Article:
Interview with Dr. Callie Scott, NBCC delegation co-leader to Rwanda
In 2016, our MHF work in Rwanda with the National Board for Certified Counselors (NBCC) and the University of Rwanda reached new levels of sustainability. The first two cohorts of Rwandan and international mental health professionals graduated as trainers. This allowed us to expand our reach beyond Rwanda’s capital Kigali and conduct first MHF trainings in smaller towns. The beneficiaries were groups of nurses and community health workers. The demand for trainings among Rwandan partner organizations is growing fast. As a result, we are planning at least two further international delegation trips to Rwanda in 2017 and warmly invite international mental health professionals and graduate students to consider to join and become certified MHF trainers. For more information, please visit the program page here.
One of the participants of the very first international cohort in 2015, Dr. Callie Scott, has by now moved on to become a master trainer and return to Rwanda as delegation co-leader. We have asked her to provide some personal insight into the program. Read on as Callie shares her story.
Callie, what motivated you to join the program in the first place?
My motivation to join the MHF program comes from a dream of traveling to Rwanda. I can remember being a teenager and feeling helpless as I watched the events of the genocide unfold. For years, I questioned how someone could have endured such pain and mentally survived that. This made me wonder how I could help. To become a Mental Health Facilitator in Rwanda was not only an answered prayer but an honor to be a representative from the United States.
I have compassion for those affected by the genocide and wanted to be an active participant in developing a strong mental health community there. I am inspired by stories like Immaculee Ilibagiza’s and others’ survival and wanted to bring some of this strength and resiliency back to my community to inspire others.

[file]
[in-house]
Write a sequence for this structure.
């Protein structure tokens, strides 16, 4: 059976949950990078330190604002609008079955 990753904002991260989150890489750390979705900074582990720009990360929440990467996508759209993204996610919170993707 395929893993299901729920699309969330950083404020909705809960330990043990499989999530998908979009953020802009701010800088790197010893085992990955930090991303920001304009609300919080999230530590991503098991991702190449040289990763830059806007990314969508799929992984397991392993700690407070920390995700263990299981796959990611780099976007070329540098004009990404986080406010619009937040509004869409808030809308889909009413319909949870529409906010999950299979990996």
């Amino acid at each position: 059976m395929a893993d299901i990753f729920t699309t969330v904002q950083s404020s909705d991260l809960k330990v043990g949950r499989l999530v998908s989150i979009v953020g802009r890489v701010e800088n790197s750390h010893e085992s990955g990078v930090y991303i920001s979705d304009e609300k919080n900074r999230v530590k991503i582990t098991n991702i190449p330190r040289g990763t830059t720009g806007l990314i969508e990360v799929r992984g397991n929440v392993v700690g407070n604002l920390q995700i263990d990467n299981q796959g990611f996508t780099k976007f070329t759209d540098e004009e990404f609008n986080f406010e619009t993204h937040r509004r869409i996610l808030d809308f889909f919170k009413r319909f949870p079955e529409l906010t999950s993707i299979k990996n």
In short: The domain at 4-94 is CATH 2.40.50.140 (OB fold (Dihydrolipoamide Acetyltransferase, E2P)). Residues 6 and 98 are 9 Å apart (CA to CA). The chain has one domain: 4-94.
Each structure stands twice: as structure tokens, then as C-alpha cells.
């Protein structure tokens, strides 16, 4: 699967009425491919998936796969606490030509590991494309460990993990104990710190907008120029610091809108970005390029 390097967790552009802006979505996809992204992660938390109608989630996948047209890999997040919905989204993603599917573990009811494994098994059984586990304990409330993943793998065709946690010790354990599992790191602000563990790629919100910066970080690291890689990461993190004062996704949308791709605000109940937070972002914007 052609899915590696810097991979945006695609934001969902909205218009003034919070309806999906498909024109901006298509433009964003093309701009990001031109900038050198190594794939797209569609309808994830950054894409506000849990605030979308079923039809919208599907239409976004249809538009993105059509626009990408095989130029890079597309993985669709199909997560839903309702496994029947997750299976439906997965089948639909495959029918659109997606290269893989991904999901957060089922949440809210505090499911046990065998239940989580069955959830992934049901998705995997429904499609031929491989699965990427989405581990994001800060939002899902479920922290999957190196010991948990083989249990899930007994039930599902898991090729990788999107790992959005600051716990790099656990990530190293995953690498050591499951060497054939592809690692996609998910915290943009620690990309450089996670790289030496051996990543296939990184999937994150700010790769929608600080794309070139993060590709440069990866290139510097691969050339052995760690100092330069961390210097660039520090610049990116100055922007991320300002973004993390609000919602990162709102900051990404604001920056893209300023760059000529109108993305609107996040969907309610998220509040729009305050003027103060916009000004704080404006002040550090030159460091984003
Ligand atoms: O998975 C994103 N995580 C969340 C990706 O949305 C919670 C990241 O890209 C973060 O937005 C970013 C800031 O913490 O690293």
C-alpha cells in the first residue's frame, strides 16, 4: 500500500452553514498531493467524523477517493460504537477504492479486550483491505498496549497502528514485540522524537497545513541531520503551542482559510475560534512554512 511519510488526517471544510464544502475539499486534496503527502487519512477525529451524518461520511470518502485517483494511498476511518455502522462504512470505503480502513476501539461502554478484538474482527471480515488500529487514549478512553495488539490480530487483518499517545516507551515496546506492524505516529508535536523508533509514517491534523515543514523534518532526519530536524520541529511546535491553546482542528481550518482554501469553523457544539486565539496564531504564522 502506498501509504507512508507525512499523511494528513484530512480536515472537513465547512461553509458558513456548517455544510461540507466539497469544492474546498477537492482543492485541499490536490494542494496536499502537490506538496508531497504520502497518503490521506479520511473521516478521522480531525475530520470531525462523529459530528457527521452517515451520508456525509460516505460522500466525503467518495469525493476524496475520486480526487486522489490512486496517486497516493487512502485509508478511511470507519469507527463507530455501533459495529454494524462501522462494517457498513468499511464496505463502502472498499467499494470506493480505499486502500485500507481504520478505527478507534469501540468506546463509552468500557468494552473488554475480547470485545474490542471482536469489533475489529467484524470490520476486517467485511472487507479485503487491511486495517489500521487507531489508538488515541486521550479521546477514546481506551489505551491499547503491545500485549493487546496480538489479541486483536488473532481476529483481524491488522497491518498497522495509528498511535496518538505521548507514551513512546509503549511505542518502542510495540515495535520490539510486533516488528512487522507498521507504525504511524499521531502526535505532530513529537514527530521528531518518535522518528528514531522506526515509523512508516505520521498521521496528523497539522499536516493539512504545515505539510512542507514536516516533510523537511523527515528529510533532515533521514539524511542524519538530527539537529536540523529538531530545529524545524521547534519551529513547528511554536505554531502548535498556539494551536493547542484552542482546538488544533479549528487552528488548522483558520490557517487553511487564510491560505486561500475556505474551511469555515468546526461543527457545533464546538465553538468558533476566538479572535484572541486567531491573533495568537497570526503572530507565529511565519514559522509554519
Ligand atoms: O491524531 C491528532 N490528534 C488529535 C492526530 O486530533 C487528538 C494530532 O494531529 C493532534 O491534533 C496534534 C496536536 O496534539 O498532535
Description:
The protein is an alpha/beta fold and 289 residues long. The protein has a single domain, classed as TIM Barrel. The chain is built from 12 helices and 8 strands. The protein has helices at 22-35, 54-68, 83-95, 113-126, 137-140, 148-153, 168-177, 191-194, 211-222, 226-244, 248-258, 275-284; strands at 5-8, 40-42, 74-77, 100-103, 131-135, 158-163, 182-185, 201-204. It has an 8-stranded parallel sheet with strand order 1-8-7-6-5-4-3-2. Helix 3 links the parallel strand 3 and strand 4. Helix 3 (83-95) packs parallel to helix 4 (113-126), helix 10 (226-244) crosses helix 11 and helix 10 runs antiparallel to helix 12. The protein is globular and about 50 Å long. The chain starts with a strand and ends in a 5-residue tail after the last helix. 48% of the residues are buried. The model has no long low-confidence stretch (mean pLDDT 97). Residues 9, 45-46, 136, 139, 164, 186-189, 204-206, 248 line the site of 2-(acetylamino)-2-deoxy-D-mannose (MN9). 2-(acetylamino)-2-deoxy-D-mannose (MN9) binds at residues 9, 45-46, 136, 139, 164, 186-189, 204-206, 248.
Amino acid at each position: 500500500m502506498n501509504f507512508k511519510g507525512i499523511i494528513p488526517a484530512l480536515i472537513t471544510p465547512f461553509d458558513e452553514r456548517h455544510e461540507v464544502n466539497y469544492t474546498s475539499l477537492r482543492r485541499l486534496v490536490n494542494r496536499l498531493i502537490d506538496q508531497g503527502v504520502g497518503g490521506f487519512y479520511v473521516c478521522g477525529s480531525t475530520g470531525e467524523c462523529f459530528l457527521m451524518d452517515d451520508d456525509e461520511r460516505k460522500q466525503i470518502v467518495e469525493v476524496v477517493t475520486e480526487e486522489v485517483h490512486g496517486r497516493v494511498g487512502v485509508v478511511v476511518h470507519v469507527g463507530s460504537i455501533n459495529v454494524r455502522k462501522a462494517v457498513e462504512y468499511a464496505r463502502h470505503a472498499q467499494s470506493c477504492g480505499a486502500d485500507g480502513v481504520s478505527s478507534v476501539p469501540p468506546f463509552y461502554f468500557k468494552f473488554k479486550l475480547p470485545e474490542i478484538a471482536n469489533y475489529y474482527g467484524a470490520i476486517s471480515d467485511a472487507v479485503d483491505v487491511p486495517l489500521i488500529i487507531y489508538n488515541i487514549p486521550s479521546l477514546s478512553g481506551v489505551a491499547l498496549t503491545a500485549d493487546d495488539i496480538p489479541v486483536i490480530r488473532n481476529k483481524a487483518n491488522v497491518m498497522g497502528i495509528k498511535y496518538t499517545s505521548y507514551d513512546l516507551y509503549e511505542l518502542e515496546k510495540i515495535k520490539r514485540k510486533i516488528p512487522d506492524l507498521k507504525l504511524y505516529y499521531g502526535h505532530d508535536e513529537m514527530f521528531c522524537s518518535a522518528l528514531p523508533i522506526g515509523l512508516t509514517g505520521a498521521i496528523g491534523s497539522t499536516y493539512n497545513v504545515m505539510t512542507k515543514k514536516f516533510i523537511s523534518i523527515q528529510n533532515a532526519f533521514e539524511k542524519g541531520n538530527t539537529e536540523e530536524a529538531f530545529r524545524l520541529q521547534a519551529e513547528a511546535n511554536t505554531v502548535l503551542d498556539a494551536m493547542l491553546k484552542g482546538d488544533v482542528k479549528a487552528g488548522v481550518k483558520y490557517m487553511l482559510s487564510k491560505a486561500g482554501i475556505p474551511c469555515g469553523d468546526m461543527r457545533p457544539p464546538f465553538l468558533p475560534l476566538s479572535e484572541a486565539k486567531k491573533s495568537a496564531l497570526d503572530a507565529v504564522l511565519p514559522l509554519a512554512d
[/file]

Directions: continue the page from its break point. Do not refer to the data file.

How did the program advance your professional goals?
One of my life-long goals was to have a counseling center in Rwanda. I wanted to help the people that were affected by the genocide and let them know that they were not forgotten. The MHF program and GEI have made this seemingly long-term goal become a short-term reality. I was awarded the opportunity to be 1 of the 15 National Certified Counselors who traveled to Kigali, Rwanda in August 2015.
By maintaining my relationships with NBCC-I and GEI and expressing my genuine passion for this country, I had the opportunity to come back to Rwanda in November 2016 as an MHF Trainer. I have also started to work with a village near Muhanga, about an hour to the west of Kigali, to bring mental health services in the form of training and developing a school counseling program. This experience has opened up opportunities that have allowed me to exceed the goals I have set.
Why should others consider joining the program?
Mental health professionals should consider participating in the MHF program because it is not only an educational experience but a life-changing one that may give you a different perspective on how you approach counseling. The people you meet and the places you visit will open your eyes to the similarities, differences, strengths, and weaknesses that we share globally. Taking an active part in addressing a worldwide issue of unmet mental health needs is a humbling position that all should experience.
For more information on our mental health related programs, please follow the links below:
- Mental Health Facilitator (MHF) trainings – Rwanda & Vietnam
- Multicultural Traum Treatment (MTT) trainings – Rwanda & Vietnam
- Counseling Institute – Malawi
- Global Mental Health Conference & Summer School – Rwanda
- Global Mental Health Internships – Rwanda